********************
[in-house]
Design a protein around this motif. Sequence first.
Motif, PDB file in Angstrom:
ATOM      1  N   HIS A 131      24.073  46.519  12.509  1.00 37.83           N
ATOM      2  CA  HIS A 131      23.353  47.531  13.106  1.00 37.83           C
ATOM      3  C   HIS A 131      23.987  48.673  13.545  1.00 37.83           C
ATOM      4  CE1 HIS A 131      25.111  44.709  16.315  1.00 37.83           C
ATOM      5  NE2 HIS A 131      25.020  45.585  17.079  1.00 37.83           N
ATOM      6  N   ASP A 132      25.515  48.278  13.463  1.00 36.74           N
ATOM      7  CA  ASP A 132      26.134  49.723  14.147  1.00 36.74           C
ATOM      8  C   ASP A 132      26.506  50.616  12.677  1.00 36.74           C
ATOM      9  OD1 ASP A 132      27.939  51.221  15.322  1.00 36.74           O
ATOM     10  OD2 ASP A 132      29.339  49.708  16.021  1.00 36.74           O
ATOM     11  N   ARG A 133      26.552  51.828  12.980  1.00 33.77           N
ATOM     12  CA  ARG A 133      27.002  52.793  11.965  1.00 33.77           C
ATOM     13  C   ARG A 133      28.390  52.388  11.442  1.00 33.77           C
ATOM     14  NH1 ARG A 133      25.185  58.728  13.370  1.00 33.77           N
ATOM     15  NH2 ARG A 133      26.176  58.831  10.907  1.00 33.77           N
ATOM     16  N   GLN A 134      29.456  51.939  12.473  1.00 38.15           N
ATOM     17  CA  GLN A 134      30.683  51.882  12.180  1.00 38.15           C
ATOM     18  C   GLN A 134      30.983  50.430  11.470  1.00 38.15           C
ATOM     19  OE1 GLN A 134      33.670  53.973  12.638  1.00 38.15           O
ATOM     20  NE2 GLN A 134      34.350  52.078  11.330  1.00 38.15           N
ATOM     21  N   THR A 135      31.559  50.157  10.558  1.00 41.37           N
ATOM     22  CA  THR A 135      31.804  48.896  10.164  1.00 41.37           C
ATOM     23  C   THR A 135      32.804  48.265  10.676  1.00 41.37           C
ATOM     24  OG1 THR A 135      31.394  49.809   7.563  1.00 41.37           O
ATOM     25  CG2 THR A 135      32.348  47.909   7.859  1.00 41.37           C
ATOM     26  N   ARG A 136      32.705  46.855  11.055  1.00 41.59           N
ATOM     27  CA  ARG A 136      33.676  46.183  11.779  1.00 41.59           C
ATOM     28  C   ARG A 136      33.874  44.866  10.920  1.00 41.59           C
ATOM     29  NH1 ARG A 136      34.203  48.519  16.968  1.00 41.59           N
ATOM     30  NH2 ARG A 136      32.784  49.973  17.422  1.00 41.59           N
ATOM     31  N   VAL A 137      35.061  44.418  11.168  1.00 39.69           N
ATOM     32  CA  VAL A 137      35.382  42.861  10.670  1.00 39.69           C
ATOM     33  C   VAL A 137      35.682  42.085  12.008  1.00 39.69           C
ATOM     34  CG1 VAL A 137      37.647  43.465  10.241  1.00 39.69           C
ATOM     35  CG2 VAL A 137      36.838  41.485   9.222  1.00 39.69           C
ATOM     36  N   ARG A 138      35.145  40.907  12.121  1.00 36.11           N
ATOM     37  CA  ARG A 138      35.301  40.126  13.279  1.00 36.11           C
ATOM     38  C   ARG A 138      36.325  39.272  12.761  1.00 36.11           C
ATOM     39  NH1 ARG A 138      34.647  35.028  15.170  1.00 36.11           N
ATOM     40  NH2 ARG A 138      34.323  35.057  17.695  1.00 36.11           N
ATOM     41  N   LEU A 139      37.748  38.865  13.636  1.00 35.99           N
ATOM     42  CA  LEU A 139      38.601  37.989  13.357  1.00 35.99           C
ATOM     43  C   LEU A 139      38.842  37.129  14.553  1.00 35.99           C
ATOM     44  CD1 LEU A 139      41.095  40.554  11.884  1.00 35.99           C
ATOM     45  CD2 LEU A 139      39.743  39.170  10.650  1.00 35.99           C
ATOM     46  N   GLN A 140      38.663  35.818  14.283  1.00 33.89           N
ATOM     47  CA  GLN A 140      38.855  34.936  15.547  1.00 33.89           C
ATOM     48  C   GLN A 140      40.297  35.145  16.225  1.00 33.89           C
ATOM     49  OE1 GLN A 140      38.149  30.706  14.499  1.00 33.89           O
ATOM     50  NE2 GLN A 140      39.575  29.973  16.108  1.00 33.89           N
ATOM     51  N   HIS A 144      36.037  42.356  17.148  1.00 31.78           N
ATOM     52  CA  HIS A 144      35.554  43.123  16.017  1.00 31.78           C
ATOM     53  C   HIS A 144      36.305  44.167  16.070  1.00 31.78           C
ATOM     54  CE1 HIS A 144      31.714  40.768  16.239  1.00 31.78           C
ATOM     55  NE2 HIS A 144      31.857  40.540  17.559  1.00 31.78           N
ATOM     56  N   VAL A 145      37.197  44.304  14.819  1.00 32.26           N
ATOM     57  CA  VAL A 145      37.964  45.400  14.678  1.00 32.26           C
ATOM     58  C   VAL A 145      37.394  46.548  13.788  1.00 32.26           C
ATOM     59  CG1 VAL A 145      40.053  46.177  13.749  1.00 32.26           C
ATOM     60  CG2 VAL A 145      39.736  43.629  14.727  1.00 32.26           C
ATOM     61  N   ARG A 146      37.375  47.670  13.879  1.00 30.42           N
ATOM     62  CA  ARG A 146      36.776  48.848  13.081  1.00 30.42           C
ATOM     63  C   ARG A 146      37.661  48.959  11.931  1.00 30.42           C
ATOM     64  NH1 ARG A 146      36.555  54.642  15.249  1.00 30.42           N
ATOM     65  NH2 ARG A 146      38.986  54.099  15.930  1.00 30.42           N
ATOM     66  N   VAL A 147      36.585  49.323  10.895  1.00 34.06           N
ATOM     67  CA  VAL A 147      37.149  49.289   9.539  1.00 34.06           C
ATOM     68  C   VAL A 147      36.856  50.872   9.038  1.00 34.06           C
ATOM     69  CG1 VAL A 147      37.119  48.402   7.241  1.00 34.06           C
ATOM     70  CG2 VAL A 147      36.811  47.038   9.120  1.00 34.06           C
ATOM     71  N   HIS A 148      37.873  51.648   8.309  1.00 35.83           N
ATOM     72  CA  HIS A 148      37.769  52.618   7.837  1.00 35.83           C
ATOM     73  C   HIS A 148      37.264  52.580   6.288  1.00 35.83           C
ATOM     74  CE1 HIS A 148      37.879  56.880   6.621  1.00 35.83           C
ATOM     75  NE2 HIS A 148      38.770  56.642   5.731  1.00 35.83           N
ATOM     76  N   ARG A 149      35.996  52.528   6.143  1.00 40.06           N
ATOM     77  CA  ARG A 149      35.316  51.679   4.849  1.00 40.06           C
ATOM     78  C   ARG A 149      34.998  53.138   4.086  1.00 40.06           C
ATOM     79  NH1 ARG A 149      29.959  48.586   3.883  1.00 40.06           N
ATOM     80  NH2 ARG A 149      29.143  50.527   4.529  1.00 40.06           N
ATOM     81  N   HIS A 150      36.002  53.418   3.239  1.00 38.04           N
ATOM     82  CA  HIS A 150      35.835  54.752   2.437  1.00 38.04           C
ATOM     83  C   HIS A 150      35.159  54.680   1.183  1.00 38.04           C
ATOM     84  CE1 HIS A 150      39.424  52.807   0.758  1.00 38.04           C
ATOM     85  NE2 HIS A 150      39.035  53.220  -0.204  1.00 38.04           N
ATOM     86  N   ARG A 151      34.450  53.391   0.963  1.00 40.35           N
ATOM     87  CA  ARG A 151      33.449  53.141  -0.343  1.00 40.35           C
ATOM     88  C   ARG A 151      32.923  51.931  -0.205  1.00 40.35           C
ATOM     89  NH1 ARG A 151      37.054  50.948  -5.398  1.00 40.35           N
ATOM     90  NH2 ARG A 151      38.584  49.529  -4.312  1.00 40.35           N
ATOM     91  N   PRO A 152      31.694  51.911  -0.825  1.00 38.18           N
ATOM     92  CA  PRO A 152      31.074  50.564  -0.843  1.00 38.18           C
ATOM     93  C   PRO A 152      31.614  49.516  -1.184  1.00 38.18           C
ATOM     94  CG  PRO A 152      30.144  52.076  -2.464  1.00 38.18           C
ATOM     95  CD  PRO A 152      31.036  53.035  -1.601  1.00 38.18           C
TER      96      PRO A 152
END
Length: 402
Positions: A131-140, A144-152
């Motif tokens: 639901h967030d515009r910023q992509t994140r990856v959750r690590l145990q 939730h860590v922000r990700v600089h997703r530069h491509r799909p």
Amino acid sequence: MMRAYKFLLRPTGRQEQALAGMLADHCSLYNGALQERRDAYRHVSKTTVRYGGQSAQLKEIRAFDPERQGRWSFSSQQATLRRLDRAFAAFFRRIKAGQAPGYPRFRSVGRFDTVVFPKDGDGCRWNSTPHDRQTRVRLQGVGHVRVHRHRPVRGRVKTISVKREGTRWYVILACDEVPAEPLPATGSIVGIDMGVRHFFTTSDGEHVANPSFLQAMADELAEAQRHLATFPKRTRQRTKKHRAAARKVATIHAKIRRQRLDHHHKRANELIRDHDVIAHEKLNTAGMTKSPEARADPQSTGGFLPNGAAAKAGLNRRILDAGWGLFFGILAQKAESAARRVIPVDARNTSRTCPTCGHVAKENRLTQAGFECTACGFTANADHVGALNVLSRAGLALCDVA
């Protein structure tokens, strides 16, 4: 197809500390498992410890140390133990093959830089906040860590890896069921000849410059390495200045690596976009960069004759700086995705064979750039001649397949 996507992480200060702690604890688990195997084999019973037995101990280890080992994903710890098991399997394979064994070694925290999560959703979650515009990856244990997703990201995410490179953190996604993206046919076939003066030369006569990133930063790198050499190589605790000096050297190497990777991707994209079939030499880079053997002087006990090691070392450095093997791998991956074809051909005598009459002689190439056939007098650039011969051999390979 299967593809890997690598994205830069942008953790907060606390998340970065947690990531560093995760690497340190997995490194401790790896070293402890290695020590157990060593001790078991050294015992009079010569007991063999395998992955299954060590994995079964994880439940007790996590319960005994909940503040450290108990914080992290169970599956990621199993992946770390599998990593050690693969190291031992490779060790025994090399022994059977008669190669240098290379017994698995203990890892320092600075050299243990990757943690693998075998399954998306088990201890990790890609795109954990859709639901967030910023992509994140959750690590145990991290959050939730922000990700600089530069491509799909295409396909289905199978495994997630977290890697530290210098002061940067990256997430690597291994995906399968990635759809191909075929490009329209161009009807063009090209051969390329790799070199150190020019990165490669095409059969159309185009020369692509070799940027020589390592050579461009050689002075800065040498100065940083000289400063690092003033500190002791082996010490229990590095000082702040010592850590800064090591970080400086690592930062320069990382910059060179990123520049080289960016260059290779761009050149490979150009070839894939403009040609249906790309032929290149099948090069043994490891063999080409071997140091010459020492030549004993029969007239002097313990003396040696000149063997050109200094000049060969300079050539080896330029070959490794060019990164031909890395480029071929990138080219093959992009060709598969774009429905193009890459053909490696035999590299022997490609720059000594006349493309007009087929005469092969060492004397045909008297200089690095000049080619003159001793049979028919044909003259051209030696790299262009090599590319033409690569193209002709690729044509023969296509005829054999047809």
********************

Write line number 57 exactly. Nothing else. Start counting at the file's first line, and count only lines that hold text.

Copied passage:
ATOM     54  CE1 HIS A 144      31.714  40.768  16.239  1.00 31.78           C